Would you leave the love of your life out in the cold? If you’re wondering why there’s a massive $20,000, 150 horsepower snowmobile inside the door of Kutchan izakaya Nami-chan Chi, it’s because it’s owner Makoto Namikata’s baby. Not only is Namikata – Nami-chan – a talented chef, he’s also one of Japan’s top snowmobile racers. Two years ago he was the third ranked snowmobiler racer in the whole of Japan. This year’s competition has just wrapped up and he’s ended up a creditable 15th.
Nami-chan was born and raised in Kutchan, and like most teenagers in the area, took up snowboarding and spent a good part of his late teens and early 20s sliding down Mt Annupuri. But all that changed when he was 26 and tried snowmobiling. From that day on, he was converted and has been up on the mountain only a handful of times since (regular readers of Powderlife may remember a very similar story from Powderlife Issue 4!).
Snowmobile racing is basically the snow version of the dirt-based motocross motorbike racing. High-powered snowmobiles race around a 1km circuit complete with massive jumps and tight turns. Nami-chan says the vehicles often launch distances of up to 30m! He’s in love with the thrill of the competition and puts his success down to the fact that he’s not afraid to go hard.
While snowmobiling pays the bills in winter, Nami-chan has always needed to work in a real job over summer. For a long time he worked as a chef in Hirafu restaurants and hotels. But from the time he was 16 he always wanted to start his own restaurant, a dream he finally realised several years ago. His mellow izakaya (casual Japanese dining restaurant/pub) suits his relaxed personality and the food is similarly simple but delicious. He selects his ingredients from the most renowned areas for each ingredient in Hokkaido. His parents own an organic farm and most of his vegetables like asparagus and potatoes are sourced from there. Their specialty is red and green Yotei melons so be sure to order his melon for desert. Their most popular dishes are the kimuchi horumon, sashimi, and half chicken.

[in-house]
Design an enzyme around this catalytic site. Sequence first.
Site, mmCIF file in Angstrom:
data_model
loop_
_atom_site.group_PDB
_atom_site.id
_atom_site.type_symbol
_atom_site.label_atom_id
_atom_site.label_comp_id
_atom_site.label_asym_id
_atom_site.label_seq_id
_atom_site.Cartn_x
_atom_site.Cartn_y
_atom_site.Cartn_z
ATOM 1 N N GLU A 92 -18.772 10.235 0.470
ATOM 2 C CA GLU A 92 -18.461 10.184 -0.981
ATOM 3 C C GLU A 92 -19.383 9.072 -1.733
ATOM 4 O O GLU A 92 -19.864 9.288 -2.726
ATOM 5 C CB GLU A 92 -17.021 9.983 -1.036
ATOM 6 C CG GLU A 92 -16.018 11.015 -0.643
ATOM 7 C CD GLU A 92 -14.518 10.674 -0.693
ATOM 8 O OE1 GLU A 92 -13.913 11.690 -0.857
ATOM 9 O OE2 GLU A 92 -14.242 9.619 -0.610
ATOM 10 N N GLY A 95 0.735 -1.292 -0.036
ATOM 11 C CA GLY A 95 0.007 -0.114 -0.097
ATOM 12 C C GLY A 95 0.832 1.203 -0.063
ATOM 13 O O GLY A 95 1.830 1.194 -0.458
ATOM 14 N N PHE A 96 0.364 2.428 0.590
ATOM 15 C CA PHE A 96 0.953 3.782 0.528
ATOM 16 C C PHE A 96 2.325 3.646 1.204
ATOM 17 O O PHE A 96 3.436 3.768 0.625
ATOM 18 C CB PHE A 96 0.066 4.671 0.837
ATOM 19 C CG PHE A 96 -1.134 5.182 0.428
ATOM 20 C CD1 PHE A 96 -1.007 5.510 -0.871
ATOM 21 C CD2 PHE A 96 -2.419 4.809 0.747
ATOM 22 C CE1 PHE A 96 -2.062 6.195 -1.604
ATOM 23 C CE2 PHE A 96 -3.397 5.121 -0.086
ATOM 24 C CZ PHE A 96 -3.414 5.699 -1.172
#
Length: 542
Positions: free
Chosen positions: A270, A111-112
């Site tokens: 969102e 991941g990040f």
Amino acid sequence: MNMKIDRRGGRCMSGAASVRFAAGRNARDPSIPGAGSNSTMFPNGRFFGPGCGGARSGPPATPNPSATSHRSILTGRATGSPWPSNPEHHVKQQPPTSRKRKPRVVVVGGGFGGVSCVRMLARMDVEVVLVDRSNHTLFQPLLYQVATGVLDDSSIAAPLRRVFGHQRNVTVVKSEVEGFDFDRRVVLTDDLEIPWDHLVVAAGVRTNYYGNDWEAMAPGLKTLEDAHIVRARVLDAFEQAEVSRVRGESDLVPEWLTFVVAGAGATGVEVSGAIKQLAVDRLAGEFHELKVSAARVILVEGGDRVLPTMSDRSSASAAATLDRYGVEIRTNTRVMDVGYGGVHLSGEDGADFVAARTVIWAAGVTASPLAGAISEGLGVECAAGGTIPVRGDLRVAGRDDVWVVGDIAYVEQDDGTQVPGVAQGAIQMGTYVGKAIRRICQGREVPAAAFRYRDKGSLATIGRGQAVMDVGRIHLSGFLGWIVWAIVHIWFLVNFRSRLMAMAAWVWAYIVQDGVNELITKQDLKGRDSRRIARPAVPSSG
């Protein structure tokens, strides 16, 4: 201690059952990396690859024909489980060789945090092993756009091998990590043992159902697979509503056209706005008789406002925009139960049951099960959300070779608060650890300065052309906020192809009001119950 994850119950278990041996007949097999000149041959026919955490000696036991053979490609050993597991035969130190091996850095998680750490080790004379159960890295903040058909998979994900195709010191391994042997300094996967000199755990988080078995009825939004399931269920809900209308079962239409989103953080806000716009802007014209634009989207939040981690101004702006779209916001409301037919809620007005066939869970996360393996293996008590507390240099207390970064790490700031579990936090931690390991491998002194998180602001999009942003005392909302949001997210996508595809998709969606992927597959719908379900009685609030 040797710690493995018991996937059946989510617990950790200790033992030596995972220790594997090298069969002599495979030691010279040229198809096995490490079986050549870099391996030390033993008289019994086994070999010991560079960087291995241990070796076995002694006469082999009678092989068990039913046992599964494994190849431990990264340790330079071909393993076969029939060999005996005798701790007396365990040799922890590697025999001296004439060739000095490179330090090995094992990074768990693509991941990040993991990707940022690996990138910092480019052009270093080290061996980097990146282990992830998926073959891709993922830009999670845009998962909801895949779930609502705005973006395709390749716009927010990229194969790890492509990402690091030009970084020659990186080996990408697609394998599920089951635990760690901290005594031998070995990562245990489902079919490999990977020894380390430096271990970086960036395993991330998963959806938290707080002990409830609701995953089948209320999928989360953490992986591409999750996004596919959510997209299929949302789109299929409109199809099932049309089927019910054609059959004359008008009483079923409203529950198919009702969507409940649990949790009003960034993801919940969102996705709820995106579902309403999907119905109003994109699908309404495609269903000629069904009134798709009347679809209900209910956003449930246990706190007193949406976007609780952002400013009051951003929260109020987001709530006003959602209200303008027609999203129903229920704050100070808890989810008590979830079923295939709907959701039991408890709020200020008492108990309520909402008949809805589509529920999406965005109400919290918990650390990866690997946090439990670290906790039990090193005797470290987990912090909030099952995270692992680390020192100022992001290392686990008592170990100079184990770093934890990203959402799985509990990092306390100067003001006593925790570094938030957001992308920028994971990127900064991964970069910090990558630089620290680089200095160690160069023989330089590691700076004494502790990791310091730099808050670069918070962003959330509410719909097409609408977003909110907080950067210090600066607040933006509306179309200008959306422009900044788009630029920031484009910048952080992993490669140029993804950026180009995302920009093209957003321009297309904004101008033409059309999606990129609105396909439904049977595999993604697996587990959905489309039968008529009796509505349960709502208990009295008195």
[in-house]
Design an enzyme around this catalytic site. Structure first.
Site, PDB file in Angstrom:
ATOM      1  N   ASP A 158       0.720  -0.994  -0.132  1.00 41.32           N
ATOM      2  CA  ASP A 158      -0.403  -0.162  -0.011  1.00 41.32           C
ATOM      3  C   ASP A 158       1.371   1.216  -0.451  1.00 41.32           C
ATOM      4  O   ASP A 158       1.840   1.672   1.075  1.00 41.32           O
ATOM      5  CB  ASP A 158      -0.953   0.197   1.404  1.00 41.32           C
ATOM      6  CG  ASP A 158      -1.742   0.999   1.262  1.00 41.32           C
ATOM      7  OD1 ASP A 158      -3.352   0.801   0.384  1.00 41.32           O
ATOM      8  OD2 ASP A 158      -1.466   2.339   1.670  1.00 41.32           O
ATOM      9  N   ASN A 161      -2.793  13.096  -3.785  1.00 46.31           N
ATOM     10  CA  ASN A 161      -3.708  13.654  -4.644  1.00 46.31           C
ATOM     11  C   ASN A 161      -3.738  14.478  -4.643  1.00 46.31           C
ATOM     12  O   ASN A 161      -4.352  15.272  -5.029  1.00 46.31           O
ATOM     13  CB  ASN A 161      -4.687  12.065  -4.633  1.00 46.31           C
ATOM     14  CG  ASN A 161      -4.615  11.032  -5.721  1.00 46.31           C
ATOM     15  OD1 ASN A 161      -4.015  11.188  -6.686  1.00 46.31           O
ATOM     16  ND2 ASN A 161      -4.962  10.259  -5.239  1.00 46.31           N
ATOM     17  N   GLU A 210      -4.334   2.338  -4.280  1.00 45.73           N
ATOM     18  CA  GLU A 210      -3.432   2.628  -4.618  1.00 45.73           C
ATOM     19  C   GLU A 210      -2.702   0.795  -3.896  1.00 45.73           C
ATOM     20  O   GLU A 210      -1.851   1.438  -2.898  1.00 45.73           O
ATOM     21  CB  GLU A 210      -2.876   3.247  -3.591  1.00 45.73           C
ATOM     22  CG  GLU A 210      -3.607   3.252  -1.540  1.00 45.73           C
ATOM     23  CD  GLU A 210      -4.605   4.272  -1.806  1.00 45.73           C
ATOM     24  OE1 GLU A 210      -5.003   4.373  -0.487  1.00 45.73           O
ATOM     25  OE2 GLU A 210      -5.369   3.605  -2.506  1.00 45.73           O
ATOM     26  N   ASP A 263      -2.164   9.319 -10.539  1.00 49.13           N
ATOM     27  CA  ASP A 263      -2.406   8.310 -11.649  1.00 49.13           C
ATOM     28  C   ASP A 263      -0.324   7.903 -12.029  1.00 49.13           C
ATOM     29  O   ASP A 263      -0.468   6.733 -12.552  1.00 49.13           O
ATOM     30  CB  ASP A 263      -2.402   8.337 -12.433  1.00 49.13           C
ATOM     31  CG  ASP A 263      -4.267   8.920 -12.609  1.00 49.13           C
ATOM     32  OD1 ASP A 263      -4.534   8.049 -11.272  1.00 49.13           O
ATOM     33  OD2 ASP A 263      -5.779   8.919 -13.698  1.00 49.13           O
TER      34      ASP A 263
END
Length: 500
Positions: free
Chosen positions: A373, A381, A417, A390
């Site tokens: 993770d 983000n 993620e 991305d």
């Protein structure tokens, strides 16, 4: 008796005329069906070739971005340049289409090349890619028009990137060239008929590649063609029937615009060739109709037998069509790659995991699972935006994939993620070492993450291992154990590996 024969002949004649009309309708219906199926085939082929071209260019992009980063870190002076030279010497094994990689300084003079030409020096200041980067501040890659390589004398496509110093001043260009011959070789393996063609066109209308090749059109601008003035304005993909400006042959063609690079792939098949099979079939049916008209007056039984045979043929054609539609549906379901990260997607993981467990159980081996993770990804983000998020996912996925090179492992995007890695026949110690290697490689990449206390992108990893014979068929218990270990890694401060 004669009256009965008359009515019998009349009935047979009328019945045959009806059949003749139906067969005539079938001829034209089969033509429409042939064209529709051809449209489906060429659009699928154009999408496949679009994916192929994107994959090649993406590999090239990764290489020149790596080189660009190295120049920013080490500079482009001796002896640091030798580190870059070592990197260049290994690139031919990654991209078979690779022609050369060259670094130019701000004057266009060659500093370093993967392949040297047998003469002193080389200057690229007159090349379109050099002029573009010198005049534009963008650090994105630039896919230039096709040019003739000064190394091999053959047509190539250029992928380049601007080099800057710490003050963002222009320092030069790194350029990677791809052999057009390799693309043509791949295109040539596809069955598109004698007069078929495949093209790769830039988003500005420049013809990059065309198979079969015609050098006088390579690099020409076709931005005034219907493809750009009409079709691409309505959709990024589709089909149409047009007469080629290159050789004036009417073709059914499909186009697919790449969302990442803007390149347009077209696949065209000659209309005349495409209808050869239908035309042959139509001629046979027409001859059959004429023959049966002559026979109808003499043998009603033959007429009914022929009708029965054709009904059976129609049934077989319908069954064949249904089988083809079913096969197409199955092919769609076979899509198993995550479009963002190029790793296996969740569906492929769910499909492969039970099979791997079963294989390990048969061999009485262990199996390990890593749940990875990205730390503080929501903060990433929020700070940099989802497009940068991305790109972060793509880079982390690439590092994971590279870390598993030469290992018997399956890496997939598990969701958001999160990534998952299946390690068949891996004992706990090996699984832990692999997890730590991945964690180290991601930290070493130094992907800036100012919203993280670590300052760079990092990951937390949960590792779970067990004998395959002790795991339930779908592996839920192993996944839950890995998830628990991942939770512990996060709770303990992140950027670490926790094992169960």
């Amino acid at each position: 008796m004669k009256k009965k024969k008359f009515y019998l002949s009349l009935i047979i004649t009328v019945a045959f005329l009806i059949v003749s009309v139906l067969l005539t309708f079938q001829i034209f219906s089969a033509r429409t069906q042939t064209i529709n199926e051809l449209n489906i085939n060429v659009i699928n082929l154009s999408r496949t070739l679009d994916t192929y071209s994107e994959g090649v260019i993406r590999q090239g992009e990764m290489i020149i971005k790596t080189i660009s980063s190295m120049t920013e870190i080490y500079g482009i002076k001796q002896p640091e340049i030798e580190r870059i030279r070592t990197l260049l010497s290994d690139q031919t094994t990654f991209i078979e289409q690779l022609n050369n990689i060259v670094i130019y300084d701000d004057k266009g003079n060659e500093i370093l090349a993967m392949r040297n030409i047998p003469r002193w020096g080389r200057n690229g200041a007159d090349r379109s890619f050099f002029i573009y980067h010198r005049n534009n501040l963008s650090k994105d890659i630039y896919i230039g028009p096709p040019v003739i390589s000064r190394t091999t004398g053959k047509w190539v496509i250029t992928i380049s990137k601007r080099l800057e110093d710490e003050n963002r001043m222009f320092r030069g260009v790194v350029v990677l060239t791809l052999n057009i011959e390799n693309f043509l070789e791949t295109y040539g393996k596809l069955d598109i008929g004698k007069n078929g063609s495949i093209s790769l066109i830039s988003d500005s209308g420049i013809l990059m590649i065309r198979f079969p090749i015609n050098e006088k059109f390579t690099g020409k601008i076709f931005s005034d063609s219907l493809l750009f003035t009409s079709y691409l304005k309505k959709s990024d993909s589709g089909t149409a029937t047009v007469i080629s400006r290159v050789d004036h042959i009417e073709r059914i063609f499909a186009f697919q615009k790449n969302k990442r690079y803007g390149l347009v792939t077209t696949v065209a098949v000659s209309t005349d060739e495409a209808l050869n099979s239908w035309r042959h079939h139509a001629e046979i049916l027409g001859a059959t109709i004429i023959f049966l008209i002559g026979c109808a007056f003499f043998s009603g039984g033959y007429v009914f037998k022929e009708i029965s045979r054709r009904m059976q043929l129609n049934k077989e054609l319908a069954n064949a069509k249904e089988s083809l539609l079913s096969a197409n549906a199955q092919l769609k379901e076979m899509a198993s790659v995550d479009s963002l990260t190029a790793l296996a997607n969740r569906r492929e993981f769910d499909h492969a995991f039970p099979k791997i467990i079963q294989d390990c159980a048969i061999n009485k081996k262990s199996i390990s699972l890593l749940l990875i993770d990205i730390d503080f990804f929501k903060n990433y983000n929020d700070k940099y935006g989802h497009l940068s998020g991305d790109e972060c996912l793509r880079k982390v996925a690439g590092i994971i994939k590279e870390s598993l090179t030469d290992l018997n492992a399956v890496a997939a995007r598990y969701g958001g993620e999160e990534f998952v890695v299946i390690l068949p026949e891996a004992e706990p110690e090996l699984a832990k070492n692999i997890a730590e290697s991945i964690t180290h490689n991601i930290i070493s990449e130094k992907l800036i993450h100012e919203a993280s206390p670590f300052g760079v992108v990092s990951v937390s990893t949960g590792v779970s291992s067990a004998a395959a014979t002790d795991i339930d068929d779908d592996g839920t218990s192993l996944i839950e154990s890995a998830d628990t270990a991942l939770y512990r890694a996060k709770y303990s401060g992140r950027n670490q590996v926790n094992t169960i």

The name of the restaurant is quite interesting too. Nami is short for Nami-chan’s family name Namikata, and the suffix –chan is used like the well known –san at the end of a name. It is generally used for children and girls but often used endearingly for close friends. Meanwhile chi means house, so the restaurant name basically means ‘Nami’s house’ and lets people know he’s a well known and liked local character.
To find Nami-chan Chi walk up Kutchan’s main street – Eki Mae Dori – from the train station until you find Cocoroya souvenir store. Turn left and you’ll see the bright orange vertical sign.
Buses to Kutchan leave from the main street near Seicomart. The bus stop is a few small signs on the roadside opposite PowPow. Buses leave every half hour or so during the day and cost ¥380. The night bus is free and leaves every hour or so from 5pm. Timetable on the back of the resort’s course map.